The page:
Monday, February 28, 2011
Sunday, February 27, 2011
President Obama Appoints Gay Man
As White House Social Secretary
Note: Since I wrote this post yesterday, an embarrassing faux pas by the Wall Street Journal stared back at me over the breakfast table. Along with the story about Jeremy Bernard's appointment as White House Social Secretary (shown on left in this photo), the newspaper had mistakenly posted a photo of his former partner Gifford instead (right in the photo at left).
The White House announced that it has appointed an openly gay male to fill the position of Social Secretary and Special Assistant to President Obama. 49-year-old Jeremy Bernard (at left in photo) will be the first openly gay person to hold the position. Currently serving as Senior Advisor to the Ambassador at the U.S. Embassy in Paris, Bernard previously worked as White House Liaison to the National Endowment for the Humanities. In his new capacity as White House Social Secretary he will report to both the first lady and the president.
The office of social secretary is responsible for a variety of events at the White House, everything from state dinners, political gatherings, themed concerts as well as receptions and luncheons. The position requires a sense of production values and diplomatic skills in dealing with competing agendas inside and outside the White House.
Said President Obama, “Jeremy shares our vision for the White House as the People’s House, one that celebrates our history and culture in dynamic and inclusive ways. We look forward to Jeremy continuing to showcase America’s arts and culture to our nation and the world through the many events at the White House.”
In a press release Bernard said, “I am deeply humbled to join the White House staff as Social Secretary and support President Obama and the First Lady in this role. I have long admired the arts and education programs that have become hallmarks of the Obama White House, and I am eager to continue these efforts in the years ahead.”
As a California Finance Consultant for the Obama for American campaign, Bernard raised millions. Appointed by President Clinton, Bernard also served on the President’s Advisory Committee on the Arts for the John F. Kennedy Center for the Performing Arts and was a member of the Democratic National Committee from 2001 to 2009.
With former partner Rufus Gifford (at right in photo), Bernard founded a political consulting firm, and their first client was Senator Barack Obama. Gifford, poised to become finance director of Obama's reelection campaign, got custody of their beagle, Lucas, when the couple recently split. They remain close friends and supporters of each others causes and careers.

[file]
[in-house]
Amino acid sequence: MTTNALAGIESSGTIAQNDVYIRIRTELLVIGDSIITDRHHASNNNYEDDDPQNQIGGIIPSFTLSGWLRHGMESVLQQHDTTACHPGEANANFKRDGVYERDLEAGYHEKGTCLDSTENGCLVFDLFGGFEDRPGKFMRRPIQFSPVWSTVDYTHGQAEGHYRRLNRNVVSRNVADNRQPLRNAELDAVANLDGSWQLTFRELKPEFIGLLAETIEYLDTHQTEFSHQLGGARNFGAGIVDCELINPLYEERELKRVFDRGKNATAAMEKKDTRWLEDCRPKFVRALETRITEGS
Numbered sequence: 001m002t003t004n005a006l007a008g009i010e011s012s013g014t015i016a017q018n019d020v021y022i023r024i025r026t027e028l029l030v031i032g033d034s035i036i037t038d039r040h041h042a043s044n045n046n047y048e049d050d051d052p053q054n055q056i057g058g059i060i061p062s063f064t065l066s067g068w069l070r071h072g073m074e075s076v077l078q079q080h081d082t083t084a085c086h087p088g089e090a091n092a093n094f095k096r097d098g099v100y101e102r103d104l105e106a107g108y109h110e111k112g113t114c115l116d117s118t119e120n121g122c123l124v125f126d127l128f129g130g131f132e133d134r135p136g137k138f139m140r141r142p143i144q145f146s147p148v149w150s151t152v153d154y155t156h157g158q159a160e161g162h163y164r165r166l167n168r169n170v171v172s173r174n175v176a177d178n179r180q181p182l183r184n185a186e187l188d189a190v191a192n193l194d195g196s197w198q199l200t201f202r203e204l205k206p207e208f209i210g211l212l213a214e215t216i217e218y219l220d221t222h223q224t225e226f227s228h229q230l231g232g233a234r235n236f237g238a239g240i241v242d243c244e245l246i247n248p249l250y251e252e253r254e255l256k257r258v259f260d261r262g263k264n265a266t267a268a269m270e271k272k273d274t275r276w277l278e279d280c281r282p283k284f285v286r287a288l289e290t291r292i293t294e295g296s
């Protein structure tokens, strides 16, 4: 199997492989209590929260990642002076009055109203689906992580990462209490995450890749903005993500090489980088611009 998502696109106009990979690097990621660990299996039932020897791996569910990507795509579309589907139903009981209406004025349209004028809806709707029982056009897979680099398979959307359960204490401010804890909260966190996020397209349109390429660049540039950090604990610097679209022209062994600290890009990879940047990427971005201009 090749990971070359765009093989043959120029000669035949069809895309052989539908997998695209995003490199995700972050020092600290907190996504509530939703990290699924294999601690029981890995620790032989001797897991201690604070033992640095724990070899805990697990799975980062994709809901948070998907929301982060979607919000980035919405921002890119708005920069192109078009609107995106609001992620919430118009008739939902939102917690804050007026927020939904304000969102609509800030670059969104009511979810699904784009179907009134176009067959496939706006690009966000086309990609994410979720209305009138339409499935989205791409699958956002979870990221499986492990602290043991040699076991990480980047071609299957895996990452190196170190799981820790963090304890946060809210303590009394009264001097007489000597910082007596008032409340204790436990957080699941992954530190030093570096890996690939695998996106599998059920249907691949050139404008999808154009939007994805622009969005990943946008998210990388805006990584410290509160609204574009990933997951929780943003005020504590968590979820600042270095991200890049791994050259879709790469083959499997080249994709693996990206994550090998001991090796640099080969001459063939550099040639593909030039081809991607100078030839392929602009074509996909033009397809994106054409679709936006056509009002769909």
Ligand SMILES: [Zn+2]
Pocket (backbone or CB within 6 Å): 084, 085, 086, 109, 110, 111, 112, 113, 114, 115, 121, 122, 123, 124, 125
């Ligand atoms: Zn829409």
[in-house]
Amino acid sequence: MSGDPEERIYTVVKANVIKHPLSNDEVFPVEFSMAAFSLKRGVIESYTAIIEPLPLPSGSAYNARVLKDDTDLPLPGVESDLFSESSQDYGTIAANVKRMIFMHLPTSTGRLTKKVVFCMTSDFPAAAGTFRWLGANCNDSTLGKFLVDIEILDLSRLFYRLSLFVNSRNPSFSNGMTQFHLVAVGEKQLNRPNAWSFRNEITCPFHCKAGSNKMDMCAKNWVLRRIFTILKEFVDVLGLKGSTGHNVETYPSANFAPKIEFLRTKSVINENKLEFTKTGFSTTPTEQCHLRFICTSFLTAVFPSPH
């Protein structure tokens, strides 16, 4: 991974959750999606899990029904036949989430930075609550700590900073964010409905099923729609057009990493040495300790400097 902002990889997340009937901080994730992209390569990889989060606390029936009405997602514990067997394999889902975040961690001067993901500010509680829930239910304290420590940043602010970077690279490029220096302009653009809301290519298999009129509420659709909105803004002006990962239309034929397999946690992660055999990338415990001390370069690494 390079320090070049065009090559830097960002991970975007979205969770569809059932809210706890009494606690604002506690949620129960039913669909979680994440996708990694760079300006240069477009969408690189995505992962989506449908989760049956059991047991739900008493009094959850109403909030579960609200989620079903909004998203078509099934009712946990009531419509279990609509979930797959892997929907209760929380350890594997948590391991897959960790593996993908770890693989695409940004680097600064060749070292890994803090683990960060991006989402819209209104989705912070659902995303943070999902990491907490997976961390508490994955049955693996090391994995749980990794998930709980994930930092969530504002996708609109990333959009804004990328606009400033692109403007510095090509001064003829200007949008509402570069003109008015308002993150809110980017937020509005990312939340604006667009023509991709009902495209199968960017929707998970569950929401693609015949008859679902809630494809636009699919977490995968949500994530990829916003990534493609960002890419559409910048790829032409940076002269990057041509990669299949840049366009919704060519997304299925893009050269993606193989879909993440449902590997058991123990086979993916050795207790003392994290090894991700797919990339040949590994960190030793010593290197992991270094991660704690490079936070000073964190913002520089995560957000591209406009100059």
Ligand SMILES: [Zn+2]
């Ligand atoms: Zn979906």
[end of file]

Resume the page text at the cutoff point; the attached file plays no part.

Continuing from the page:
President Obama has recently stepped up to the plate regarding gay issues. He recorded a video message for the “It Gets Better” project, a response to last fall's spate of gay teen suicides. Two months ago President Obama signed the repeal of "Don't Ask, Don't Tell." This week the Administration announced it will no longer defend the Defense of Marriage Act, the federal law that bans recognition of same-sex marriage. The White House employs a large number of openly gay staffers, so many that a special White House video was created for the “It Gets Better” project, in which staffers spoke about their experiences as gay and lesbian youth.
Saturday, February 26, 2011
Friday, February 25, 2011
Delta Lambda Phi was founded through a trust established by three donors to create a social fraternity that would not discriminate based on sexual orientation. The original donors regretted that such a fraternity did not exist during their own college years. In 1987, the Delta Lambda Phi National Social Fraternity was inaugurated, and 24 men were initiated into the fraternity's Alpha Chapter in Washington, DC.
Since then, Delta Lambda Phi has become one of the country's fastest growing fraternities. The fraternity's motto is "Lambda men are making their presence known". Delta Lambda Phi's symbol is the centaur (mythical half-man, half-horse), modeled after Chiron, representing honor, moderation and tempered masculinity. The fraternity’s colors are green and gold (see photo), and their toast song is “There Once Was a Mighty Lambda Man.”
Thursday, February 24, 2011
Wednesday, February 23, 2011
Out High School Jock & Gay Activist
Granted, it helped that Johnson was hardly the stereotypical gay teenager. None of his teammates suspected he was gay, so they were surprised at his announcement. Besides football, he had played sports all his life – baseball, basketball, wrestling and lacrosse. It also helped that his teachers, coaches and parents were uniformly supportive. When he came out to his father, he told Corey, “I'm glad you finally made the decision to tell us, and I hope you'll feel a lot better now.”
Johnson told his best friend Sean, who said, “I thought I knew everything about you. And I'm sorry you couldn't tell me this part you've been hiding.” Sean, who broke down in tears, remained his best friend. The few negative reactions came from parents of his fellow athletes, some of whom suggested that the team re-vote for captain. The coach and his teammates would have none of it. His team, the Chieftans, went 25-8 during Johnson's three seasons as middle linebacker.
Johnson has helped other young gay men who love sports feel that there is a place for them on their school teams, and helped straight athletes learn that having a gay teammate is not wrong or bad or weird. It just happens. Corey accomplished plenty on the football field and a whole lot more off it.
Corey spoke at the Millennium March in Washington, DC (late April 2000), and now lives and works in New York City. He is highly involved in gay activism, and for years has reported for Towleroad.com, a gay issues-related web site.